“After the radiotherapy, she had a break of three weeks or so before starting on PCV chemotherapy. It made her violently sick from the first dose.”
We had to drive her back to Hull to get stronger anti-sickness drugs and eventually they managed to get it under control but the treatment completely wiped her out; she was extremely tired and unable to work during this time. As well as this, Rachael had to deal with the fact that the treatment would make her infertile. They’d attempted to freeze her eggs beforehand but it was unsuccessful and they didn’t have time to try again. In any case, getting pregnant would’ve been very risky, she was told, as the pregnancy hormones were likely to cause the tumour to grow. It was such a great shame, as she and Steve would have loved to start a family.
After her chemotherapy finished, Rachael was able to go back to work and to get back to some kind of normality. She went out with friends and colleagues, she and Steve enjoyed a break to North Wales and she even took part in a charity Relay for Life, twice. She has so strong and brave, you would never have guessed that she was living with a terminal disease. She had an incredible group of friends from work, who were always there for her and encouraging her to go out and do things. Together, they did a wonderful photoshoot, which I know Rachael really enjoyed.
“In March 2020, when the UK went into lockdown at the start of the COVID-19 pandemic, it was a worrying time. We knew that Rachael was vulnerable and we wanted to protect her from the virus.”
At first, the RSPCA put her on furlough leave but she was desperate to be back doing what she loved. Her colleagues were more like family members than co-workers and she missed them terribly, as well as all of the animals, of course. Rachael always fell for the older dogs that nobody else wanted and she rescued a cross-breed called Mabel, who was nine. She’s a much-loved Staffordshire Bull Terrier cross German shepherd, who we continue to spoil now she’s at the ripe old age of 15.
Eventually, with her doctor’s support, Rachael returned to work. Even though we were still in the midst of the pandemic, he said she was very safe being around animals, rather than humans! She was being scanned regularly, to monitor the tumour. While we were in lockdown, her check-ups and post-scan appointments were over the phone, rather than in person. Towards the end of 2020, Rachael’s headaches were getting worse.
“They brought forward a scan she was due to have in the new year to Christmas 2020. In the first week of 2021, her consultant got in touch to say the images showed her tumour had grown.”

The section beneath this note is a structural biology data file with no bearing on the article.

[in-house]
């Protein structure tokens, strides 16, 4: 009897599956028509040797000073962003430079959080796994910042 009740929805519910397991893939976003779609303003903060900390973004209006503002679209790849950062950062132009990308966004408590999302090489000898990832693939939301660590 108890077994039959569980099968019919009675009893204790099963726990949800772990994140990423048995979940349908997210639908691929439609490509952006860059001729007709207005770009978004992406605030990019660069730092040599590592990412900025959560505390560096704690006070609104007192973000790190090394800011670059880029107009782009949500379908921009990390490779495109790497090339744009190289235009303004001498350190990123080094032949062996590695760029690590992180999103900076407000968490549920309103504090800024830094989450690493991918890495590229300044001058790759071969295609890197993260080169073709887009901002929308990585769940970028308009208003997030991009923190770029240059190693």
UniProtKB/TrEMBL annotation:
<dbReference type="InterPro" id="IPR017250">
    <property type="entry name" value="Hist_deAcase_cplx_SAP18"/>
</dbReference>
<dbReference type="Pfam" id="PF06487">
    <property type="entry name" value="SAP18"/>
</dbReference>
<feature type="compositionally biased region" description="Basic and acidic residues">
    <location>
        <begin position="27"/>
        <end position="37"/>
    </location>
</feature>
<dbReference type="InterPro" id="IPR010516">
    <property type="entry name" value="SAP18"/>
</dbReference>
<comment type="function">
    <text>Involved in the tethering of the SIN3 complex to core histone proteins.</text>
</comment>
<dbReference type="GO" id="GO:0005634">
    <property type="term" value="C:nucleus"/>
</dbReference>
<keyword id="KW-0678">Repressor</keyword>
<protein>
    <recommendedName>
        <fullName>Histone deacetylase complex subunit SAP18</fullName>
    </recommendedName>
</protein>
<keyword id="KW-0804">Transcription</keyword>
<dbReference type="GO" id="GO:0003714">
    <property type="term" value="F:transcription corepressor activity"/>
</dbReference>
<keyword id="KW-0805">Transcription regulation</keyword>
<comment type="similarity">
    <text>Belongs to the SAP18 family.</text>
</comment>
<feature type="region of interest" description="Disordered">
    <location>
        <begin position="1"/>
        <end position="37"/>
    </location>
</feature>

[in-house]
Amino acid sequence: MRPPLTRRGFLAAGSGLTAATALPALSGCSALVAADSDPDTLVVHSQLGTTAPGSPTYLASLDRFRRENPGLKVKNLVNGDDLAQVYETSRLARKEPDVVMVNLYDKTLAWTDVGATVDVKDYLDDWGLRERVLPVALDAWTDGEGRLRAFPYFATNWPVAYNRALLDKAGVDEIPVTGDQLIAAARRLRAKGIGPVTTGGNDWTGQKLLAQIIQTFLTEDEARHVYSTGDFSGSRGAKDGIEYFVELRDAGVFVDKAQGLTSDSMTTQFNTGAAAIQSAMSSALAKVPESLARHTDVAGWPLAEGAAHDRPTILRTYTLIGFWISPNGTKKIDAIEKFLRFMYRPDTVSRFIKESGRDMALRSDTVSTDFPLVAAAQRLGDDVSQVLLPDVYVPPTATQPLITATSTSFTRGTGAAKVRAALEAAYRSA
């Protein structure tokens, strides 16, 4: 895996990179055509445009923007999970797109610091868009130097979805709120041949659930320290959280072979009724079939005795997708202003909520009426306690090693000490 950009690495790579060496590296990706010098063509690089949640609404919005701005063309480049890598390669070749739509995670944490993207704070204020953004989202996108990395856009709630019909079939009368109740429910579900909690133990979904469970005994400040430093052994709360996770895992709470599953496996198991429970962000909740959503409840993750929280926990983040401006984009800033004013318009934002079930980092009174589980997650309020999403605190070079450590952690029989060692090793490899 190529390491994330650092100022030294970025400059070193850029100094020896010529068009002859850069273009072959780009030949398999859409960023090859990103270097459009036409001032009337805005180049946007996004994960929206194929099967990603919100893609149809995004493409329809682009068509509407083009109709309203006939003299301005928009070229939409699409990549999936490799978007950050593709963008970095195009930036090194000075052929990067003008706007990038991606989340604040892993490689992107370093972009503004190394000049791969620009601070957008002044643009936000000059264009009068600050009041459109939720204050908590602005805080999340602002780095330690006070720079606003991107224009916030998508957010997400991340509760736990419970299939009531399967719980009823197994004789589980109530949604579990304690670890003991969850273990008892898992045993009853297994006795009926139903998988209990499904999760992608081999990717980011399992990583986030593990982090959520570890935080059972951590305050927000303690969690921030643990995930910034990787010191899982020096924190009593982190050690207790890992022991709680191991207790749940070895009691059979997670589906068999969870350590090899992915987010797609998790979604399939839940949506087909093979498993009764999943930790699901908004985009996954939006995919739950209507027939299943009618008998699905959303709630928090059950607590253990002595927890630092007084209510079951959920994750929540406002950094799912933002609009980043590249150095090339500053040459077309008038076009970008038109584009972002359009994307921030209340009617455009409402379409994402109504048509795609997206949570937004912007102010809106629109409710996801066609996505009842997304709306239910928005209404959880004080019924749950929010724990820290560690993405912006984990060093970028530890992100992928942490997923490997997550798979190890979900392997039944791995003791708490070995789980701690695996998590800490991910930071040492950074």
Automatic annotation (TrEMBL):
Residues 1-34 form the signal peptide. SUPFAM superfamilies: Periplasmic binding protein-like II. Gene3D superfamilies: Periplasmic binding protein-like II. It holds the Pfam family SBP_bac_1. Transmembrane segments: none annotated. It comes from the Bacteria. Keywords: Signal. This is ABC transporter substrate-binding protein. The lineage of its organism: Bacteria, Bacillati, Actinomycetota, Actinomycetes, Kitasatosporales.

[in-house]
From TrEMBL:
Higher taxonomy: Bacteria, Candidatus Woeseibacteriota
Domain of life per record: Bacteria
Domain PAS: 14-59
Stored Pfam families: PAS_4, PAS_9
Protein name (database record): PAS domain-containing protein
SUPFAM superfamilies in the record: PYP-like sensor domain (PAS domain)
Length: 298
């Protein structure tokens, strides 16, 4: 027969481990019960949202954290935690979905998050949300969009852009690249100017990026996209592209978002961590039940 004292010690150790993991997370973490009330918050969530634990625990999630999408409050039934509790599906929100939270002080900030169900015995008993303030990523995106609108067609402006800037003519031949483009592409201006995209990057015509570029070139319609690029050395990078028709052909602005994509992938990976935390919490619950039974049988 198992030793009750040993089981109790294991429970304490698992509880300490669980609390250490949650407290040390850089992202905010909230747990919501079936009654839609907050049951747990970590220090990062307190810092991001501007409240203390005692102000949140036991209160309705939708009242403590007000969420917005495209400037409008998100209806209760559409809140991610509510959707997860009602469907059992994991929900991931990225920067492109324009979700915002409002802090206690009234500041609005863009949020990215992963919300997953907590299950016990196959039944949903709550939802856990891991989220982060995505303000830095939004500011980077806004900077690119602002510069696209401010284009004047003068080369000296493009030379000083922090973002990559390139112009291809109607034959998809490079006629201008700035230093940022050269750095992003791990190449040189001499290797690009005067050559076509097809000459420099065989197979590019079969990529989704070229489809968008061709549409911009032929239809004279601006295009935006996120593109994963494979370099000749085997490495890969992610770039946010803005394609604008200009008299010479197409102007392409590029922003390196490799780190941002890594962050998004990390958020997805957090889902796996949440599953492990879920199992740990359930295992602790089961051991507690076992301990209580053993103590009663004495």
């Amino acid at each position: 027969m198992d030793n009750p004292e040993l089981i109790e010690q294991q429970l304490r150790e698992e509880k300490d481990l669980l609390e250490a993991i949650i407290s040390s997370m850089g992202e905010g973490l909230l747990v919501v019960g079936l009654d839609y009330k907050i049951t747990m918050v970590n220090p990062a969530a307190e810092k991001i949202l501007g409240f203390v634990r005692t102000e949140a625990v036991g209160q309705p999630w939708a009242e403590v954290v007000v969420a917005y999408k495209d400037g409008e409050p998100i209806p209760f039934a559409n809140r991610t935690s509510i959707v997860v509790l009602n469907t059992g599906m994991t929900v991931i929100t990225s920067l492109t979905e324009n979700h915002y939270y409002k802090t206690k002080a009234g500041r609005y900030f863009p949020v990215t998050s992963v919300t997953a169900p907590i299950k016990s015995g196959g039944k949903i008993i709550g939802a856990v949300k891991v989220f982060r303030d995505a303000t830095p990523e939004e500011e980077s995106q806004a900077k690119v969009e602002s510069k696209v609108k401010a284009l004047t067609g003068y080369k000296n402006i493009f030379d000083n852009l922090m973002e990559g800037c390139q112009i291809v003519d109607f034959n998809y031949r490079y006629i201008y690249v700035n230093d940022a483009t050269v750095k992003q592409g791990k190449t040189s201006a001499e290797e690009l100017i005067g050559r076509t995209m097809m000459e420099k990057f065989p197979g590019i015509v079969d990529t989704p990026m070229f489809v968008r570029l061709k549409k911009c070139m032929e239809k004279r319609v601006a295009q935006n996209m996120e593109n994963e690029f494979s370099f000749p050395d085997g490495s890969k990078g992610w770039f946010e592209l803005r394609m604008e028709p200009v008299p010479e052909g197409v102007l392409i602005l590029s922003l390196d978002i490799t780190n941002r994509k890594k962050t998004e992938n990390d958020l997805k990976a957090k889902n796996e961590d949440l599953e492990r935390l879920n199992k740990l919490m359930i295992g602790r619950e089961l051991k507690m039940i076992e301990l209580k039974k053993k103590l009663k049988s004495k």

The decision was to re-start Rachael on chemotherapy, this time Temozolomide (TMZ), which could be taken in tablet form at home. By February, however, her headaches were no better and were becoming really debilitating. She was off work again and Alan and I noticed that she would spend most of the afternoon sleeping. They did another scan, which confirmed more growth and they said it was growing deep into her brain, so they were unable to operate. Rachael and Steve were in the process of buying a house. When Rachael’s consultant found out, he urged her not to go ahead with the purchase. We knew what this meant and they pulled out of the sale. It was very upsetting. They’d been saving for a long time and had even started to buy little bits for their first home together. The consultant advised them to take their savings and go on holiday. Rachael replied: ‘where?!’. At this stage in February, we were still in the throes of a major national lockdown and even a trip within the UK was illegal. In normal times, I’m sure she would’ve taken his advice.
One night at the end of March, not long after her 34th birthday, Alan found Rachael collapsed at the top of the stairs. We got her back into bed and rang her nurse in Hull, who told us to bring her in. When we got there, we discovered her blood pressure was incredibly low and the medics were also concerned about her headaches. They did more scans and kept her in for three nights. Rachael hated that stay in hospital and was desperate to get home. Unfortunately, due to the coronavirus restrictions, only one of us could visit her for one hour at a time, wearing full PPE.
Before she was discharged, we met with her consultant, who said the latest scan images showed the tumour was growing very aggressively. He said they would discuss it at their MDT but that he was keen to get her back on PCV chemotherapy. On Monday 29 March, we brought her home.
“We noticed she was having frequent seizures, which were causing her to lose consciousness. She didn’t seem to realise she was having them, unlike the seizures she’d had before.”